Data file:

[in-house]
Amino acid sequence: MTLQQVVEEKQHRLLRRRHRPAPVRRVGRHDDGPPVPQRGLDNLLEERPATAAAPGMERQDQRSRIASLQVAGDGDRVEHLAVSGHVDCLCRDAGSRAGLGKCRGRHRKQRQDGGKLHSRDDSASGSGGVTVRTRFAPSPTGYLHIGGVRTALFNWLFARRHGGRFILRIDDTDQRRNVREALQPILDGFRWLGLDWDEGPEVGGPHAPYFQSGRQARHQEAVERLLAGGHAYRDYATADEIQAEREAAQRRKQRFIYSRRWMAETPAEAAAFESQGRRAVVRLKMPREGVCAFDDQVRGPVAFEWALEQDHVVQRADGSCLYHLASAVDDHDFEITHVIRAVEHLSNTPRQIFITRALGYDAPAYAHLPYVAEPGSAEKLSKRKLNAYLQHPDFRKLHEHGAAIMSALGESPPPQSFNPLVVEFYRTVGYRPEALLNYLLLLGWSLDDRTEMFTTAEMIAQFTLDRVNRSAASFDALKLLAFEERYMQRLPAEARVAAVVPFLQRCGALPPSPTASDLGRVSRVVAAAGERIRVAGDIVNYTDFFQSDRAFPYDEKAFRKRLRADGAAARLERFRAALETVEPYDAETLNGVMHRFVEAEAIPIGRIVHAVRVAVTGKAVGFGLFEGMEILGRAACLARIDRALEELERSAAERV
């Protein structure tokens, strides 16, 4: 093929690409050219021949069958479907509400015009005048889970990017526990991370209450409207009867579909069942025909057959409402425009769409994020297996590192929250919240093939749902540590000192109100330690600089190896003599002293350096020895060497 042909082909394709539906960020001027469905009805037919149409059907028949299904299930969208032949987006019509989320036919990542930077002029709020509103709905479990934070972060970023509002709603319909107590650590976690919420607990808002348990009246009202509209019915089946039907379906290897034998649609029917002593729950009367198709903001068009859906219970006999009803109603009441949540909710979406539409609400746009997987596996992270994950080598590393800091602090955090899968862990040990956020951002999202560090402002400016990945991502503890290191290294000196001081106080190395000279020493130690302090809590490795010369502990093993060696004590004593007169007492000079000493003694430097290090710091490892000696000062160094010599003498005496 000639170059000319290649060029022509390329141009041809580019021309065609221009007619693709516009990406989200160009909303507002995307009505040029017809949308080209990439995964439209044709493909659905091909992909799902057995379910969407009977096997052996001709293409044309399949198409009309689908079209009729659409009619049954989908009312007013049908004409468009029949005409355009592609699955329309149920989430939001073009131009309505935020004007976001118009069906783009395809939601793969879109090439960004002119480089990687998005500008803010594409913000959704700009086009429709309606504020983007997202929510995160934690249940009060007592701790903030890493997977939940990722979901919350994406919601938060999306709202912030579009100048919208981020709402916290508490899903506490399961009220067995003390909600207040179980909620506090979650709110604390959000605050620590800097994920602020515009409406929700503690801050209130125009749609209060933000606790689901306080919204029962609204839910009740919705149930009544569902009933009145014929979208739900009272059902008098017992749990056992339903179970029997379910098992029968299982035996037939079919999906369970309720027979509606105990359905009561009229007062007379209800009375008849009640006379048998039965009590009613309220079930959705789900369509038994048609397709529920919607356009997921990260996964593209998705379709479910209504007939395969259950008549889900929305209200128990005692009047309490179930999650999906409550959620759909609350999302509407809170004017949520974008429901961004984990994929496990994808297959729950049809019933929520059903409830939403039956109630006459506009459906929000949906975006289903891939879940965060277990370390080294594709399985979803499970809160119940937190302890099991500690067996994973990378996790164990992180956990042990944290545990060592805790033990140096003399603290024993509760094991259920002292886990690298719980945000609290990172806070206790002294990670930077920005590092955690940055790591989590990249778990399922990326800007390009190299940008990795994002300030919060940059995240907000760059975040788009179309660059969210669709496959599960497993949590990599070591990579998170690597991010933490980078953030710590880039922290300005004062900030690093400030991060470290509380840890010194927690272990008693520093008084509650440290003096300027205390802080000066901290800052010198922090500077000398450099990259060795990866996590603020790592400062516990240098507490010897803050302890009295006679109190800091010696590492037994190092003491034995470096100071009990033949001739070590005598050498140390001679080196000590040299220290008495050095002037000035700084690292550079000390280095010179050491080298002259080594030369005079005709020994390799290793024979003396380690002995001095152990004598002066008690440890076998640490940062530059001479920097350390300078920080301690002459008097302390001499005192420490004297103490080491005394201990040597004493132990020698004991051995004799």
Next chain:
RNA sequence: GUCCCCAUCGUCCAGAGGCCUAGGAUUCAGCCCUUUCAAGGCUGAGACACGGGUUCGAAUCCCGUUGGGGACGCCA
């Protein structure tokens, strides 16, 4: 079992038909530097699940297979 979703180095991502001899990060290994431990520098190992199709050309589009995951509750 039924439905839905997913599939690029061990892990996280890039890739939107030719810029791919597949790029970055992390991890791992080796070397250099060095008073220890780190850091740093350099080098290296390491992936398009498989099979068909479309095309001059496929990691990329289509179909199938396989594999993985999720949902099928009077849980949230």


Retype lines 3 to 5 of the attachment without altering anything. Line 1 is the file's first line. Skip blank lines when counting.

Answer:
């Protein structure tokens, strides 16, 4: 093929690409050219021949069958479907509400015009005048889970990017526990991370209450409207009867579909069942025909057959409402425009769409994020297996590192929250919240093939749902540590000192109100330690600089190896003599002293350096020895060497 042909082909394709539906960020001027469905009805037919149409059907028949299904299930969208032949987006019509989320036919990542930077002029709020509103709905479990934070972060970023509002709603319909107590650590976690919420607990808002348990009246009202509209019915089946039907379906290897034998649609029917002593729950009367198709903001068009859906219970006999009803109603009441949540909710979406539409609400746009997987596996992270994950080598590393800091602090955090899968862990040990956020951002999202560090402002400016990945991502503890290191290294000196001081106080190395000279020493130690302090809590490795010369502990093993060696004590004593007169007492000079000493003694430097290090710091490892000696000062160094010599003498005496 000639170059000319290649060029022509390329141009041809580019021309065609221009007619693709516009990406989200160009909303507002995307009505040029017809949308080209990439995964439209044709493909659905091909992909799902057995379910969407009977096997052996001709293409044309399949198409009309689908079209009729659409009619049954989908009312007013049908004409468009029949005409355009592609699955329309149920989430939001073009131009309505935020004007976001118009069906783009395809939601793969879109090439960004002119480089990687998005500008803010594409913000959704700009086009429709309606504020983007997202929510995160934690249940009060007592701790903030890493997977939940990722979901919350994406919601938060999306709202912030579009100048919208981020709402916290508490899903506490399961009220067995003390909600207040179980909620506090979650709110604390959000605050620590800097994920602020515009409406929700503690801050209130125009749609209060933000606790689901306080919204029962609204839910009740919705149930009544569902009933009145014929979208739900009272059902008098017992749990056992339903179970029997379910098992029968299982035996037939079919999906369970309720027979509606105990359905009561009229007062007379209800009375008849009640006379048998039965009590009613309220079930959705789900369509038994048609397709529920919607356009997921990260996964593209998705379709479910209504007939395969259950008549889900929305209200128990005692009047309490179930999650999906409550959620759909609350999302509407809170004017949520974008429901961004984990994929496990994808297959729950049809019933929520059903409830939403039956109630006459506009459906929000949906975006289903891939879940965060277990370390080294594709399985979803499970809160119940937190302890099991500690067996994973990378996790164990992180956990042990944290545990060592805790033990140096003399603290024993509760094991259920002292886990690298719980945000609290990172806070206790002294990670930077920005590092955690940055790591989590990249778990399922990326800007390009190299940008990795994002300030919060940059995240907000760059975040788009179309660059969210669709496959599960497993949590990599070591990579998170690597991010933490980078953030710590880039922290300005004062900030690093400030991060470290509380840890010194927690272990008693520093008084509650440290003096300027205390802080000066901290800052010198922090500077000398450099990259060795990866996590603020790592400062516990240098507490010897803050302890009295006679109190800091010696590492037994190092003491034995470096100071009990033949001739070590005598050498140390001679080196000590040299220290008495050095002037000035700084690292550079000390280095010179050491080298002259080594030369005079005709020994390799290793024979003396380690002995001095152990004598002066008690440890076998640490940062530059001479920097350390300078920080301690002459008097302390001499005192420490004297103490080491005394201990040597004493132990020698004991051995004799």
Next chain:
RNA sequence: GUCCCCAUCGUCCAGAGGCCUAGGAUUCAGCCCUUUCAAGGCUGAGACACGGGUUCGAAUCCCGUUGGGGACGCCA